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Summer Tree Care: Identifying Common Tree Insects in Summer, Part 1

This is the first part of a series on summer tree insects. This article examines ailanthus webworm, Asian long-horned beetle, and bagworm.


As spring transitions into summer, temperatures gradually rise, and plants enter the next phase of their development. This period coincides with the appearance of numerous insects, many of which infest vulnerable trees and shrubs. When infestations occur, they can be detrimental to plant health. The following discusses some of the insects that commonly infest plants in summer, and how they impact their hosts.

Ailanthus Webworm (Atteva aurea)

Ailanthus webworm is an ermine moth commonly found throughout the United States. The insect originated in South Florida and the American tropics, where it infested two plants: paradise tree (Simarouba glauca) and Simarouba amara. It has since adapted to a new host plant called tree of heaven. Ailanthus webworm is a member of the bagworm moth family. This refers to the cottony bags that the larvae spin. It is most recognized for its distinct coloration, and unique body. When stationary, the insect resembles a true bug or beetle. When in flight, it appears similar to a wasp. Ailanthus webworm is considered a minor pest in nurseries, and landscape settings, where it causes minor defoliation on host plants.


Ailanthus webworm constructs webs on the leaves of tree of heaven (Ailanthus altissima), an invasive tree species that has been widely introduced and naturalized from China.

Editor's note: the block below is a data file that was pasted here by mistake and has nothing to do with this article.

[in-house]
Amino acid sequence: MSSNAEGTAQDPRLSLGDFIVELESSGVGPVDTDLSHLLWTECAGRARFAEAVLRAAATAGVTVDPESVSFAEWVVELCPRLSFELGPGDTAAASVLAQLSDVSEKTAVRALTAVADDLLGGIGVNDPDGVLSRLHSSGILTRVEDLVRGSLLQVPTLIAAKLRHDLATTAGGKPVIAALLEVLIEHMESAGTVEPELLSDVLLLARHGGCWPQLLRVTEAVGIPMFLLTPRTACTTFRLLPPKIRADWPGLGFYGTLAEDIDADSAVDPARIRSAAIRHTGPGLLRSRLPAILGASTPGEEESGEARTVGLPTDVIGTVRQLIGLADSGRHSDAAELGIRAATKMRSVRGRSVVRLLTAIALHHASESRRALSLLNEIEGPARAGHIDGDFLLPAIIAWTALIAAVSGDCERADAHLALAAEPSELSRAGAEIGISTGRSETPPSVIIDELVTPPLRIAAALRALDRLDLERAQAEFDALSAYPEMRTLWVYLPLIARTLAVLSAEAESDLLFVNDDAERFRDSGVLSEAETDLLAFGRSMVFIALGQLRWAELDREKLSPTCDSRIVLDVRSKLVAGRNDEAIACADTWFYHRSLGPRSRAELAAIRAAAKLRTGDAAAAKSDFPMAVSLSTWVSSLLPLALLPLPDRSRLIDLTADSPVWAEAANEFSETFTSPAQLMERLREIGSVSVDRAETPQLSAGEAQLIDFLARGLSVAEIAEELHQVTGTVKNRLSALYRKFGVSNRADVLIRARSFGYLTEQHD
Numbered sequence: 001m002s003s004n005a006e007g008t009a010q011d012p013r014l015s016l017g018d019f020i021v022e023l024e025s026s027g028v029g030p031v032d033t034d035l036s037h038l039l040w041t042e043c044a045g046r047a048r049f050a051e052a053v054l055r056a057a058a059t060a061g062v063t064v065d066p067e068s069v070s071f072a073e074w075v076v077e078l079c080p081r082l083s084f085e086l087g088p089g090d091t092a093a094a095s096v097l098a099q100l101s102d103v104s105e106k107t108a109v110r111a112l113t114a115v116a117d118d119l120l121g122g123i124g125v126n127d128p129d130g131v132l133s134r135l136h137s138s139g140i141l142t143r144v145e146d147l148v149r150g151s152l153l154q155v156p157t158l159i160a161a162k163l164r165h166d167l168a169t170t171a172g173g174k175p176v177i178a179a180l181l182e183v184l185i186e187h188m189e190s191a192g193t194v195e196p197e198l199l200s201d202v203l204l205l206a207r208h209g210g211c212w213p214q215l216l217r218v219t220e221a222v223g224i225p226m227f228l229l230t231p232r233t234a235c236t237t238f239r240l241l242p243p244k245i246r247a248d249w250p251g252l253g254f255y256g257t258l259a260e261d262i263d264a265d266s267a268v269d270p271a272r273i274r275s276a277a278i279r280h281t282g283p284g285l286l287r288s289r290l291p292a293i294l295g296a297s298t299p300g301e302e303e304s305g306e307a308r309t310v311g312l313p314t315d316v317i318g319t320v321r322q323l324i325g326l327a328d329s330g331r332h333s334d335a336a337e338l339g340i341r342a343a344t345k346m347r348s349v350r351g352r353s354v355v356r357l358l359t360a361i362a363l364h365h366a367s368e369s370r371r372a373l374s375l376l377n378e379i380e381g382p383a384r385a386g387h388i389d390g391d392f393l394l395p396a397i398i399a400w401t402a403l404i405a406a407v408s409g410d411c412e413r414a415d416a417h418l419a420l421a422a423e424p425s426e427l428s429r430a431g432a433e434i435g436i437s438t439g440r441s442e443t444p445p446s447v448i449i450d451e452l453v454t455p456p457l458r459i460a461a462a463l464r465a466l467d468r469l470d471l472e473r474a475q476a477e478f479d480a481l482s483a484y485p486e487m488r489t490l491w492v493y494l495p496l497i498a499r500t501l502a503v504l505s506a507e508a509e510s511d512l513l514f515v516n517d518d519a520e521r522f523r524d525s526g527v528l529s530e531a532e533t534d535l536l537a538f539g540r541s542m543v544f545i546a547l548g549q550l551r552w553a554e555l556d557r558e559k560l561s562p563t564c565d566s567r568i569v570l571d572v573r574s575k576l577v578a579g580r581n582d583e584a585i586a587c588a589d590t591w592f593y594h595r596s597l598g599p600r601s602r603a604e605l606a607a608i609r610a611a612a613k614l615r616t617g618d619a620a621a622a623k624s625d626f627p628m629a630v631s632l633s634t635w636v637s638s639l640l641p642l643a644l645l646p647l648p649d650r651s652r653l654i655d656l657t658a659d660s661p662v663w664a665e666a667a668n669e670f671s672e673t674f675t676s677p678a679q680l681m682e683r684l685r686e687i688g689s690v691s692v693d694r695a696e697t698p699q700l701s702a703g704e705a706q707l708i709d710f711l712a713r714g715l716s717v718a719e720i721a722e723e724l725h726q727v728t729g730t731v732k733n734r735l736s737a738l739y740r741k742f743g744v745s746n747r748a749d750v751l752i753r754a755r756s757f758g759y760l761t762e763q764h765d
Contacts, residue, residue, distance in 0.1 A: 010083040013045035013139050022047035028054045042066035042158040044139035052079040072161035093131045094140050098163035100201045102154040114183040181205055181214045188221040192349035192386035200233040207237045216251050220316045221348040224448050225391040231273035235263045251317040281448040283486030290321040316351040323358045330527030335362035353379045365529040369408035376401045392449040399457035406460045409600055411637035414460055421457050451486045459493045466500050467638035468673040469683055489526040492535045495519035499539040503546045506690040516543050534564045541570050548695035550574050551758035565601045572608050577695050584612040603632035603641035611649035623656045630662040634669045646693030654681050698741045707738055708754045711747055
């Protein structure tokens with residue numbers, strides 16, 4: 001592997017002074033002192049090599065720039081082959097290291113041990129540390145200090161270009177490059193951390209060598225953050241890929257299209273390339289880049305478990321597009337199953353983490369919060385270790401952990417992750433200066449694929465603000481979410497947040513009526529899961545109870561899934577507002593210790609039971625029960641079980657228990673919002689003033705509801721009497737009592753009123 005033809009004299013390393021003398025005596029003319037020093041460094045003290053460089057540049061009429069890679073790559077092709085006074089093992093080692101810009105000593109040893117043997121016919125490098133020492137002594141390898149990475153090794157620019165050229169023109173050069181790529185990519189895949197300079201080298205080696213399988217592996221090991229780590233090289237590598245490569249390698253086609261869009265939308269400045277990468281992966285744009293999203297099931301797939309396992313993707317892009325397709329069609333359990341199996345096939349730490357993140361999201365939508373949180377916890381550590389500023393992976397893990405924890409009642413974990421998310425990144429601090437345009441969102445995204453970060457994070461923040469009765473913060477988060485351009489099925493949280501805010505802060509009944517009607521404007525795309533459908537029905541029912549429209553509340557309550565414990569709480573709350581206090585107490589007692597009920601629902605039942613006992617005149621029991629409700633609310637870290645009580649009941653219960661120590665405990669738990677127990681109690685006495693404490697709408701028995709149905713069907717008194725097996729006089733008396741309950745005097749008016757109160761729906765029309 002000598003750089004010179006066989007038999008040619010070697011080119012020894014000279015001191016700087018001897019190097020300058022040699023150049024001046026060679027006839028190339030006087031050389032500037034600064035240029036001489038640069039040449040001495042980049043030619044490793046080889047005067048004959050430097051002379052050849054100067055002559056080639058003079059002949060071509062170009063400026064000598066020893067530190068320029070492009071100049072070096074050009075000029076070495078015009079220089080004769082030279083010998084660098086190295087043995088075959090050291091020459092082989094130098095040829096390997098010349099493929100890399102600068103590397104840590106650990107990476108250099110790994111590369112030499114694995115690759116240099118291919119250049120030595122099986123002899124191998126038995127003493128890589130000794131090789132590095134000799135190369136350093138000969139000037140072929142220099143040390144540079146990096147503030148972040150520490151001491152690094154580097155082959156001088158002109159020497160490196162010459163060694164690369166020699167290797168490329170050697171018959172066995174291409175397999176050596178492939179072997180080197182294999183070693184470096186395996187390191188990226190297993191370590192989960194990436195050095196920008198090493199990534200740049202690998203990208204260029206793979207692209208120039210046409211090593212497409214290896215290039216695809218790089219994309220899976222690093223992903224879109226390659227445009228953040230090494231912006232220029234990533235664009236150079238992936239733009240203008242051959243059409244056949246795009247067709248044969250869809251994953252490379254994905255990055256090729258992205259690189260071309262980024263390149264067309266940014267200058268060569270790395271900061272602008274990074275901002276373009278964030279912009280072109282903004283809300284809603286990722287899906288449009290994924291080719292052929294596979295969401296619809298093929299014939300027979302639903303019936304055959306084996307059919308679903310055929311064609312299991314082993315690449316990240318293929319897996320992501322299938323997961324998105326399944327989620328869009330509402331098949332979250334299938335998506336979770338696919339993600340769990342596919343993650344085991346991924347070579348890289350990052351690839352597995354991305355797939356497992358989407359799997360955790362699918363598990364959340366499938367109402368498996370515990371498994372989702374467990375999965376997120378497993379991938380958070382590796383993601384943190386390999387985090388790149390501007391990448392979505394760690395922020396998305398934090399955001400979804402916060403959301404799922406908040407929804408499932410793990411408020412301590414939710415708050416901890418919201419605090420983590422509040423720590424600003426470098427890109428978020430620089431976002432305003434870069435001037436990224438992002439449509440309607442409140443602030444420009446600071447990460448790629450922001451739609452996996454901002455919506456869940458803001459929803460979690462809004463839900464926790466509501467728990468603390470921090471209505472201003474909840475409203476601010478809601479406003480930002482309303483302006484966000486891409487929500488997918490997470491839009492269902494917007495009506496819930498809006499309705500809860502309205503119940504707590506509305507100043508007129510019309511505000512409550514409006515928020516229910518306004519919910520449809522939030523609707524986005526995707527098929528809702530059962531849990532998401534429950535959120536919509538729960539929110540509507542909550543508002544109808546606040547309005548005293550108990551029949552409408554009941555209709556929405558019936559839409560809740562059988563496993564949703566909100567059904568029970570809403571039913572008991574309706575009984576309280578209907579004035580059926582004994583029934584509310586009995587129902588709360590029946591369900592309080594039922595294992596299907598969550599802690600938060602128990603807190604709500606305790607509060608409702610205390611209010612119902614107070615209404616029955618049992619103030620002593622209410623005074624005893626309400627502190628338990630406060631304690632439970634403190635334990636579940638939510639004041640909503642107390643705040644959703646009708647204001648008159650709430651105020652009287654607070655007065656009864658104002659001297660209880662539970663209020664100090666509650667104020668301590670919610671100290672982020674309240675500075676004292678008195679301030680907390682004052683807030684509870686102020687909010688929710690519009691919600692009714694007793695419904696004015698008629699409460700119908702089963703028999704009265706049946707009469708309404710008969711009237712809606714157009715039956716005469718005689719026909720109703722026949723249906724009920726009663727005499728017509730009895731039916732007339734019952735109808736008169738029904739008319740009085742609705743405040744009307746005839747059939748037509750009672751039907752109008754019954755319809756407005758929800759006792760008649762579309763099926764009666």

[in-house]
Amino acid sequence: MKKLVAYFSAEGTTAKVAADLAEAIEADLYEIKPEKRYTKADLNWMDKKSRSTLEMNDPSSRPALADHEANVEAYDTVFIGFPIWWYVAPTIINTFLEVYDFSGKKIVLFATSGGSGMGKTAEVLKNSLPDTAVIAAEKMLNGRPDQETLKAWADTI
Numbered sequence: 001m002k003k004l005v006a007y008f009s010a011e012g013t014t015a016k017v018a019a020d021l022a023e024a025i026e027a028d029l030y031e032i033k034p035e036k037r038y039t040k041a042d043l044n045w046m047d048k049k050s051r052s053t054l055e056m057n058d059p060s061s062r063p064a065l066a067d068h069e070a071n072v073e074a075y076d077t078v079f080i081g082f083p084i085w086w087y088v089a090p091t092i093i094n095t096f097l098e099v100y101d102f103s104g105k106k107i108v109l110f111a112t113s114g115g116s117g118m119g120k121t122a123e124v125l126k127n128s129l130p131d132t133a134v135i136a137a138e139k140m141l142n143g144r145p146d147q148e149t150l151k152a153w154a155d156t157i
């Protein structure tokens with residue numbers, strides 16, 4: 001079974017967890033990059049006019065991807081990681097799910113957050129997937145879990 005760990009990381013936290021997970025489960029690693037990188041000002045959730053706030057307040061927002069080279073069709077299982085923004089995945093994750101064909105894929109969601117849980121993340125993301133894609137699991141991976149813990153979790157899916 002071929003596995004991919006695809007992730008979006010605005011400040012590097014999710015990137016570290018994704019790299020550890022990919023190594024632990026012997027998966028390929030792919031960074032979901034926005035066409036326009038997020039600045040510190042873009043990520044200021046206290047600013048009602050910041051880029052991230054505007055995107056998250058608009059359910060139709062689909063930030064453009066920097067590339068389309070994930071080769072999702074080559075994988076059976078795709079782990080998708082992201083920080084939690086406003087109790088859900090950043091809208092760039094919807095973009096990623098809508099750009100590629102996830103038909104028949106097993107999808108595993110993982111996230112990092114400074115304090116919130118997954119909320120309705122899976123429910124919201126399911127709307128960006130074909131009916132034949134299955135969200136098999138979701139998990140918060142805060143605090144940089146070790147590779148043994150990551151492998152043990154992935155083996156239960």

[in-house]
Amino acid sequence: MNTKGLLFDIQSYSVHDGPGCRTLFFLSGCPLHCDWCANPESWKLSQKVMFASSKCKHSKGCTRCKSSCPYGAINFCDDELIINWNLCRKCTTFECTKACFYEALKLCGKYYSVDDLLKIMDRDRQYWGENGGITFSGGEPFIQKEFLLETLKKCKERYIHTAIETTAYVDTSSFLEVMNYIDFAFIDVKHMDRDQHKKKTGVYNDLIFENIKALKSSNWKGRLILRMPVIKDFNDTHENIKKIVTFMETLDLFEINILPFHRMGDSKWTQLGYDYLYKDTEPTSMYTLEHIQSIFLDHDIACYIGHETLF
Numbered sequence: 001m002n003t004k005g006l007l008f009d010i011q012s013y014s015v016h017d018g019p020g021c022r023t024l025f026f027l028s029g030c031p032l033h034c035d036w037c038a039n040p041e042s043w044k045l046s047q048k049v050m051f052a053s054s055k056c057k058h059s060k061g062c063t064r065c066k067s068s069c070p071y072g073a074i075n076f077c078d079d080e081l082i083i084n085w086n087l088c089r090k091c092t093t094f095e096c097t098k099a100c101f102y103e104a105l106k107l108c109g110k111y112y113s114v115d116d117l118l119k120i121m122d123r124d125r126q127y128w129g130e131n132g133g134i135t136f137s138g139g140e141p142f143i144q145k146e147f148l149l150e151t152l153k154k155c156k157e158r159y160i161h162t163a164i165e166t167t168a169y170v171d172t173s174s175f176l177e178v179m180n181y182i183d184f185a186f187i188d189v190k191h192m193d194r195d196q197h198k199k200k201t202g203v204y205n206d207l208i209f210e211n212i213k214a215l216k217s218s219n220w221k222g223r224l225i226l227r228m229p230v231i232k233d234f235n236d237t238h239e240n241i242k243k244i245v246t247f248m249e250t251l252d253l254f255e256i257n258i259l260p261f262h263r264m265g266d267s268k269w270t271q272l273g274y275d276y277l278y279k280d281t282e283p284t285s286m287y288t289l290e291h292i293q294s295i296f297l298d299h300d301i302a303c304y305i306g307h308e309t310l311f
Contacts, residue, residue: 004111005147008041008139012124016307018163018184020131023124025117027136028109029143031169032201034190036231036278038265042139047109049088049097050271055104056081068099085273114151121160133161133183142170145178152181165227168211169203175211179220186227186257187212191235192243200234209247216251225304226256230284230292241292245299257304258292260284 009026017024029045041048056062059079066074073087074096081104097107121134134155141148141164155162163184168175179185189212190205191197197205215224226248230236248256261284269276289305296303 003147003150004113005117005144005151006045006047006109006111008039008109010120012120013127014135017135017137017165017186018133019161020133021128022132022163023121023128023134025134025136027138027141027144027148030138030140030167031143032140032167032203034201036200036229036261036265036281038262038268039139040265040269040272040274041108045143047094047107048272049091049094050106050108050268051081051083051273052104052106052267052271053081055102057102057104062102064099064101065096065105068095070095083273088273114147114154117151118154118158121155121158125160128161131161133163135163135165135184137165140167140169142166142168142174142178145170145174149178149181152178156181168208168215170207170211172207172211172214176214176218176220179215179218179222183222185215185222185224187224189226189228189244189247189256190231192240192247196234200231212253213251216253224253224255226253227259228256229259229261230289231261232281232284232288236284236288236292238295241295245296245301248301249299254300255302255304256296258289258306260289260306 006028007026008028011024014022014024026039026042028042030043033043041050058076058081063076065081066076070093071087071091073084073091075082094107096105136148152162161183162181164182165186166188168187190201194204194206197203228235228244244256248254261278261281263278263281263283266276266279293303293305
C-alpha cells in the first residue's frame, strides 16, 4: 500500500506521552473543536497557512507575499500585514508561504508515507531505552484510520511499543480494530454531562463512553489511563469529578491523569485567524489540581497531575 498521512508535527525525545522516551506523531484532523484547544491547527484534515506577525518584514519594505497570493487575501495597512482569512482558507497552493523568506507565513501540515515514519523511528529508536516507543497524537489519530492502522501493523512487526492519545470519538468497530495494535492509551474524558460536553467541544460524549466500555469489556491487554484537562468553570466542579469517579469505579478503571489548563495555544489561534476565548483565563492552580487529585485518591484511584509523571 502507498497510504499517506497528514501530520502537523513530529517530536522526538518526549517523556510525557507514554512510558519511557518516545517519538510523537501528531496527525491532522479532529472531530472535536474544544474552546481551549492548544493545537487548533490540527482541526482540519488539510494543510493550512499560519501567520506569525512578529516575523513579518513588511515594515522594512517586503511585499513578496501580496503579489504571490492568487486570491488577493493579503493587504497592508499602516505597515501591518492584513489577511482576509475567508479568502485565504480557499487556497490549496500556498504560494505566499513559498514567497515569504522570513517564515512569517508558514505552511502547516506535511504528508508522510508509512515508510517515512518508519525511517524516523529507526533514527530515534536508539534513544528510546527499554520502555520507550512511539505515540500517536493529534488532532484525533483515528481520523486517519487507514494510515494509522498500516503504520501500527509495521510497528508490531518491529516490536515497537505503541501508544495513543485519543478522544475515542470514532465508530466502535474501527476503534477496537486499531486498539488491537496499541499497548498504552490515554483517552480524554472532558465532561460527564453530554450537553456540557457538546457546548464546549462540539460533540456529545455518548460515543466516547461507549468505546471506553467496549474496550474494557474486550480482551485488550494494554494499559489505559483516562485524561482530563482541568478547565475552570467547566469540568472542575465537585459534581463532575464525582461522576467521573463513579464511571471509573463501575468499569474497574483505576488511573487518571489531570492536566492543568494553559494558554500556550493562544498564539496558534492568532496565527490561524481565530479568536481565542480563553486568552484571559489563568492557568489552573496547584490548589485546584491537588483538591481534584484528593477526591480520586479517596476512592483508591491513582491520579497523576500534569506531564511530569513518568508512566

Symptoms of Infestation

The life cycle of Ailanthus webworm progresses quickly. Some insects transition to adults within four weeks. This enables Ailanthus webworm to produce many generations each summer, with eggs often laid on the webs of other larvae. As the webs overlap, they become a larger communal web, comprising multiple generations in various stages of their development. The webs are conspicuous on host plants, and can be observed throughout most of the growing season. The insect is a minor defoliator of host plants. While this may temporarily reduce the ornamental value of the host, any consumed foliage is usually replenished within a single growing season. 


  • Ailanthus webworm is considered a minor nuisance. It does not cause extensive damage to host trees. As such, management of the insect is not required.

Asian Long-horned Beetle (Anoplophora glabripennis)

The Asian long-horned beetle (Anoplophora glabripennis), also known as the starry sky beetle, is a large wood-boring insect native to eastern China, Japan, and Korea. The insect is a small jewel beetle, with a brightly colored body. Though it is innocuous to humans and animals, the Asian longhorned beetle is a destructive pest that is capable of decimating maples and other hardwood trees.


The Asian long-horned beetle infests a wide range of trees, but it is primarily attracted to maples. It affects numerous species, including boxelder, norway, red, sugar, and silver maple. It has also been reported infesting a number of other trees, including birch, elm, horsechestnut, ohio buckeye, and willow. In a few rare instances, it has been discovered in mountain ash, london planetree, poplar, and mimosa.

Symptoms of Infestation